Fire Safety

Kitchen safety when cooking this February

February is set to be a busy month for avid home chefs and bakers, but Royal Berkshire Fire & Rescue Service are urging people to remember kitchen fire safety.

With Valentine’s Day, Shrove Tuesday and half term occurring in February, there are lots of opportunities for people to bake, cook and get creative in the kitchen during the month.

However Fire & Rescue Services are warning budding chefs and bakers to take extra care in the kitchen when showing off their culinary skills.

Nicola Smith, Prevention Manager at RBFRS, said: “Half of all accidental fires in the home start in the kitchen – often because of distractions like phone calls or family. So, whatever happens elsewhere in your home, always make sure you have one eye on the hob or oven.”

Kitchen safety when cooking

To help stay safe in the kitchen this month, follow Fire Kills’ top tips:

  • Take care if you need to leave the kitchen whilst cooking and take pans off the heat or turn them down to avoid risk
  • If a pan catches fire, don’t take any risks – get out, stay out, and call 999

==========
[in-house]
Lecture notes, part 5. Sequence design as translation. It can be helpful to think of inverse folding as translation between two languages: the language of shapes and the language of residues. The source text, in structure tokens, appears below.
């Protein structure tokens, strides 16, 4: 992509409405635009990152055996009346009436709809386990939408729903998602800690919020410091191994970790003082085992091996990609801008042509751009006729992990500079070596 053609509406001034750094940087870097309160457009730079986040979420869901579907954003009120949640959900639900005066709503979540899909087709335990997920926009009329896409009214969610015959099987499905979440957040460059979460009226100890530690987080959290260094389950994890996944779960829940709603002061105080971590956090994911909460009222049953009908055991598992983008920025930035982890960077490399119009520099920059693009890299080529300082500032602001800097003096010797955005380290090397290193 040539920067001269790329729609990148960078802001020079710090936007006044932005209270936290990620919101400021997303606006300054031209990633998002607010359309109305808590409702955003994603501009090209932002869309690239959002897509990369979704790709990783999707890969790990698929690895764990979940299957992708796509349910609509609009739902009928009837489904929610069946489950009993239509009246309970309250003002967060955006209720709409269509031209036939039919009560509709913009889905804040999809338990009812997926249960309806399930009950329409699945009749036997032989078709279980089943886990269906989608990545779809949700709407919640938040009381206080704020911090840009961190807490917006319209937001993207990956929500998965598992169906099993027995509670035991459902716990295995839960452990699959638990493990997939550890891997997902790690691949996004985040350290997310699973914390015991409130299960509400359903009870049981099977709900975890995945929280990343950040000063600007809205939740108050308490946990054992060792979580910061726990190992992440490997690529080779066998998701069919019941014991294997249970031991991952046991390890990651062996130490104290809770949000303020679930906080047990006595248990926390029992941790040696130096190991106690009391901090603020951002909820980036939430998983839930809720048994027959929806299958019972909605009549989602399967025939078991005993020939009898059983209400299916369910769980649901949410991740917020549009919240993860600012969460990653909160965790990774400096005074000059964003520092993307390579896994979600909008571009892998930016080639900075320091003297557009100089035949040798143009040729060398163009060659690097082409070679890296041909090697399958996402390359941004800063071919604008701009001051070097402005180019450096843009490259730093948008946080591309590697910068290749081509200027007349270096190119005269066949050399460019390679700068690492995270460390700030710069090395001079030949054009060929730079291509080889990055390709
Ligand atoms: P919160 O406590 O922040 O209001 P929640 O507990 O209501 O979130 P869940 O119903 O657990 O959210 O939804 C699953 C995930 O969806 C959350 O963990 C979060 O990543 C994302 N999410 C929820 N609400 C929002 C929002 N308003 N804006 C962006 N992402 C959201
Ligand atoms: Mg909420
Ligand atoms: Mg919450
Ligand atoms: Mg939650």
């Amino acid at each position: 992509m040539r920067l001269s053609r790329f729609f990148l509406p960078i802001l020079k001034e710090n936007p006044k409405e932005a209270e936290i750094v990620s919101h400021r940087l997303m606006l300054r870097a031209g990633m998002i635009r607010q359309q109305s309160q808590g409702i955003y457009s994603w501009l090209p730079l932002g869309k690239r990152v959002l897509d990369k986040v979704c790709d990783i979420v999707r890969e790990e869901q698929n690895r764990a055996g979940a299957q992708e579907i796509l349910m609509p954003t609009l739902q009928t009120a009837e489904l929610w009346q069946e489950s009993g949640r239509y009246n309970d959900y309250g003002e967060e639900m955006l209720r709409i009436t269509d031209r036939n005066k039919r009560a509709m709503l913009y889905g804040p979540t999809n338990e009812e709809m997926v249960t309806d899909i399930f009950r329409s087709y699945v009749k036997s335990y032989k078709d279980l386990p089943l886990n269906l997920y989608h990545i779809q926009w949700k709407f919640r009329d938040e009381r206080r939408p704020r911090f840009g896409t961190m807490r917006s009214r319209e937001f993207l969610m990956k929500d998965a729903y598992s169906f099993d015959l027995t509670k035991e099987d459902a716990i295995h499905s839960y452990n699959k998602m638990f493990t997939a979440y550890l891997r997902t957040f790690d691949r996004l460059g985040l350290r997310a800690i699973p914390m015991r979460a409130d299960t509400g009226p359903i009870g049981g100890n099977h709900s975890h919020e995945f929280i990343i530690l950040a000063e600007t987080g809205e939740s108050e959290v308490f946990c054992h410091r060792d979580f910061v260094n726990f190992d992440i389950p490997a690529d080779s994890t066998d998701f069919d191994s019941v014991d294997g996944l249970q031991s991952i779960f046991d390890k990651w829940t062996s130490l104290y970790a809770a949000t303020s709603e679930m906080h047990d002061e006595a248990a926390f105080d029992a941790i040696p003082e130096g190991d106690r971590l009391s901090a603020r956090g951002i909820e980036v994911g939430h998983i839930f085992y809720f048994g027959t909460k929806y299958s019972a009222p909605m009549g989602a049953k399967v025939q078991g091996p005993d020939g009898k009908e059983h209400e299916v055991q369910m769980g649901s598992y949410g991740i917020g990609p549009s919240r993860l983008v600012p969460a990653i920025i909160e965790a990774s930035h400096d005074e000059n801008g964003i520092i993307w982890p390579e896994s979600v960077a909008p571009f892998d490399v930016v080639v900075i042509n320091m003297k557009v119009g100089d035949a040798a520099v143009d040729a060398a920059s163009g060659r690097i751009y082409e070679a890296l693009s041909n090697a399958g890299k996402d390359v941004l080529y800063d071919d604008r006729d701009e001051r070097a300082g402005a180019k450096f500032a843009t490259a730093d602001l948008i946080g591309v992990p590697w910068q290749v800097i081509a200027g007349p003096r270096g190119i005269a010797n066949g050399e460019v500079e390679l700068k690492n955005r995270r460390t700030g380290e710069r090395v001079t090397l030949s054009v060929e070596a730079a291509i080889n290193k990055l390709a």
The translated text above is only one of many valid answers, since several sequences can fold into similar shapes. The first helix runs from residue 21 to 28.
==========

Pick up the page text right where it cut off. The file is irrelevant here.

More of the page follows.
• Double check the hob and oven is off when you’ve finished cooking
  • Keep tea towels and cloths away from the cooker and hob
  • Take care if you’re wearing loose clothing – this can easily catch fire.
  • Avoid leaving children in the kitchen alone when cooking and keep matches and saucepan handles out of their reach to keep them safe
  • Take care with electrics – keep leads and appliances away from water and place grills and toasters away from curtains and kitchen rolls
  • Keep your equipment clean and in good working order – a build-up of fat and grease can ignite a fire
  • Don’t cook after drinking alcohol
  • Hot oil can catch fire easily – be careful that it doesn’t overheat
  • Never throw water on a chip pan fire
  • Make sure you have a working heat alarm in your kitchen and test it weekly

In the event of a fire, make sure you have an escape plan in place. For further tips on cooking safety, visit the Fire Kills’ website or download our free kitchen safety eBook.